Just when you thought you didn't need any more pixels on your mobile screen, along comes Sharp with an even sharper one
We really enjoy superlative technology and Sharp's announcement of of a 4.1 inch screen with 2560 x1600 pixels and a pixel density of 736 pixels per square inch is a truly amazing achievement. With five or six times the number of pixels you'd find on a typical phone of that size, you have to wonder whether it's worth it.
Because all those pixels need faster processors, and they need to be powered. Which means a smaller battery life than a lower resolutions screen that would probably look identical.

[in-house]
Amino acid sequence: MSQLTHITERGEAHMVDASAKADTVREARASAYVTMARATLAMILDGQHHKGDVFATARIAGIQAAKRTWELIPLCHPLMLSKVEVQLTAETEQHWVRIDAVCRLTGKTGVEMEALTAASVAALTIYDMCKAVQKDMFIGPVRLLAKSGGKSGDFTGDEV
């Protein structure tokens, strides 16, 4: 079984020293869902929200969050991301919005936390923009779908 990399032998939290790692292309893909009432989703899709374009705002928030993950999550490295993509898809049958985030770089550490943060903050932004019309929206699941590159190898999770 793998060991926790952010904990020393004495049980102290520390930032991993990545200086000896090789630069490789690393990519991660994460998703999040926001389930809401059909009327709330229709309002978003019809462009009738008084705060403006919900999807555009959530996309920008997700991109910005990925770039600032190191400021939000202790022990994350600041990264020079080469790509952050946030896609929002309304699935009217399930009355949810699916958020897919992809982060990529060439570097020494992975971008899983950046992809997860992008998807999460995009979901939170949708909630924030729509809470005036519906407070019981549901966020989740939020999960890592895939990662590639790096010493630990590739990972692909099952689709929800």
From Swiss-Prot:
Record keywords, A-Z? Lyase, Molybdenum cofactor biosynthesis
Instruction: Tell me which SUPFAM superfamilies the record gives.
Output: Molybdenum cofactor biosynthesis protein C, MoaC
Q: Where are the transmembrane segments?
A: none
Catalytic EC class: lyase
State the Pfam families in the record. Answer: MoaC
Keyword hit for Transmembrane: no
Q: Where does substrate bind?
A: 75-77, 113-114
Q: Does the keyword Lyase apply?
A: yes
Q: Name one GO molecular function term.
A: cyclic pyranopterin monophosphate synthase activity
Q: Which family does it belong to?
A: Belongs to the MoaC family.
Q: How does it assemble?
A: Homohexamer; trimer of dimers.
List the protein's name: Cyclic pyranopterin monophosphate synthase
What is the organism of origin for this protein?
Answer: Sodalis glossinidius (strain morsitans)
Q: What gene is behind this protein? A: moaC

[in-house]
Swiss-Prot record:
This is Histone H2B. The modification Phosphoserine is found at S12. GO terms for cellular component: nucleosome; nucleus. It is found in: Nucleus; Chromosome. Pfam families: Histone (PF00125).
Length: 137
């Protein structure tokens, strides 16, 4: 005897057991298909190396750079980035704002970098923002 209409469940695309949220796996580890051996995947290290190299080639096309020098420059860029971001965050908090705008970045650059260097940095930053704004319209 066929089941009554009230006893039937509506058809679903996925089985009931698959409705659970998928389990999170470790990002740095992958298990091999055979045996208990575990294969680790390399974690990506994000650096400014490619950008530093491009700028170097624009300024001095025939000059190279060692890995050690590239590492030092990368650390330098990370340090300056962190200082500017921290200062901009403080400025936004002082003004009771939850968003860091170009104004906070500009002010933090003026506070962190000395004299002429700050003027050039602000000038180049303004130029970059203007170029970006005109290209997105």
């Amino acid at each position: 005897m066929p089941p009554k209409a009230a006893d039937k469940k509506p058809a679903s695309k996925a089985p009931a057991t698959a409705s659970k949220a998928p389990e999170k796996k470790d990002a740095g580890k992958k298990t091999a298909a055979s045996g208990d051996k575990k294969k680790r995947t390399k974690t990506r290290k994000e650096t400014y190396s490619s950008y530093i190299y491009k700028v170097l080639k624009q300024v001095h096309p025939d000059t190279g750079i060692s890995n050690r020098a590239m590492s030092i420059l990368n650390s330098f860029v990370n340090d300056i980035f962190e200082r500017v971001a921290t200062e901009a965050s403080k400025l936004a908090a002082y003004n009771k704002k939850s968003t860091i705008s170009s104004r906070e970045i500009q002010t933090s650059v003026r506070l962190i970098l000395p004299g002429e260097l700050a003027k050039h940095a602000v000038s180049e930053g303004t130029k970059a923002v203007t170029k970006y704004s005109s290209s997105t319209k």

Just five years ago I got a new phone that had a 4.2" screen with what I thought at the time was an amazing 720 x 480. Admittedly I now realise that you can usefully improve on that. But do you really need twelve times that number? Probably not.
Not, that is, unless these screens aren't destined for phones at all, but Virtual Reality headsets. If they are, they could start to make sense. With VR headsets, the screens used to make the images are positioned very close to your eyes, and are made to appear, optically, as if they're large, immersive screens some distance away.
With VR, the more resolution the better, although the same cautions apply: you need more processing and more battery power.
But this is clearly the trend for small displays. And the destination of the trend is that in the very near future we will never have to worry again about inadequate resolution in our mobile displays.
This display is expected to be seen in mobile devices sometime in 2015.